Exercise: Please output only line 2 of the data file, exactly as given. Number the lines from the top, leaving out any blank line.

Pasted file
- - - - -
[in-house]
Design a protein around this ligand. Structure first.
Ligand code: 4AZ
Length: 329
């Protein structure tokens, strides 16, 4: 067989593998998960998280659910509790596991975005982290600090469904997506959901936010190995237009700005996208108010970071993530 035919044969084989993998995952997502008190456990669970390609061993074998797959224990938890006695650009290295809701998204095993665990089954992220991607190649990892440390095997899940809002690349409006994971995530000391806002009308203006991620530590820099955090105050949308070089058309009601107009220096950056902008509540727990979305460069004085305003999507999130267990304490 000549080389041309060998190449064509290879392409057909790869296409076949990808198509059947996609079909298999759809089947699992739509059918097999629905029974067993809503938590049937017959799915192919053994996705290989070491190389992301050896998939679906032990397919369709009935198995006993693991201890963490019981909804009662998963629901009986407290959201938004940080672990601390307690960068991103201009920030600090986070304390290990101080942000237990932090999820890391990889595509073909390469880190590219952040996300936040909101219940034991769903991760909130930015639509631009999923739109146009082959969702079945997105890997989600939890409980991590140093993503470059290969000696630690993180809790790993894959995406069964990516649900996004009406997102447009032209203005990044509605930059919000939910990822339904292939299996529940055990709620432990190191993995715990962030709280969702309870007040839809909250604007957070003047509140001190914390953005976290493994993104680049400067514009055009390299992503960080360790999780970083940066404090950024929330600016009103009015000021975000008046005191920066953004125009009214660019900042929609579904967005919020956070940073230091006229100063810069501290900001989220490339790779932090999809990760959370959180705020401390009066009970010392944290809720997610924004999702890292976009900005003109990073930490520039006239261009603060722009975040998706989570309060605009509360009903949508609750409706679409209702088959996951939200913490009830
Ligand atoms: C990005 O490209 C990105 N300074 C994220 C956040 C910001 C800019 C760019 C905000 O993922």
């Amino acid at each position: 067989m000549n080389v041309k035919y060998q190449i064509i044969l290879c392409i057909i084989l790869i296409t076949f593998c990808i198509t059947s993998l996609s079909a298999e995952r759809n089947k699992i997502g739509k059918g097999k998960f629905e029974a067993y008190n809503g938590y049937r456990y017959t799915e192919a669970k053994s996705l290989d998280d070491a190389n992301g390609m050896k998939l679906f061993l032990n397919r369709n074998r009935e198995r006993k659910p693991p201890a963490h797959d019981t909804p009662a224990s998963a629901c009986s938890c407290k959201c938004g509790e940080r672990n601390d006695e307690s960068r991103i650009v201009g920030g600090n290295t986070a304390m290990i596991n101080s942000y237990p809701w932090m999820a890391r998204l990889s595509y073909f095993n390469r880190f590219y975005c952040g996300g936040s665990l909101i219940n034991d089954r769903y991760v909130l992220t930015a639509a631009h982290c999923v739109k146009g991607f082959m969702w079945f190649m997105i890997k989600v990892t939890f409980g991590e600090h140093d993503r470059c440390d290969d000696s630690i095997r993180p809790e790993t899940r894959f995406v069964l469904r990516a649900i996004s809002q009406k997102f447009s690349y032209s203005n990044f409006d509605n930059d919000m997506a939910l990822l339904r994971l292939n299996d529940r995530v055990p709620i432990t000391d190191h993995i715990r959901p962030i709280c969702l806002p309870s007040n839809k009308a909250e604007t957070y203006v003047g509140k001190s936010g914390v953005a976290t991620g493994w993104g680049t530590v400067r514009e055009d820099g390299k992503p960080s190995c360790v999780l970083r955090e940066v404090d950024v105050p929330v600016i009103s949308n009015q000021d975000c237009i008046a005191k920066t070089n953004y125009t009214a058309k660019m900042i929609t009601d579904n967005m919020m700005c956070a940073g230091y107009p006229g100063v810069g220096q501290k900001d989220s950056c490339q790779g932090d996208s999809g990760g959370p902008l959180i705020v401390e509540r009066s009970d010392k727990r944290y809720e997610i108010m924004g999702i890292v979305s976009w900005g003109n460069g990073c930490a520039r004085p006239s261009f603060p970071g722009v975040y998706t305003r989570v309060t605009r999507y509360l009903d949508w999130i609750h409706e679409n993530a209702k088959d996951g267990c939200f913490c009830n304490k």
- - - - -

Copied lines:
Design a protein around this ligand. Structure first.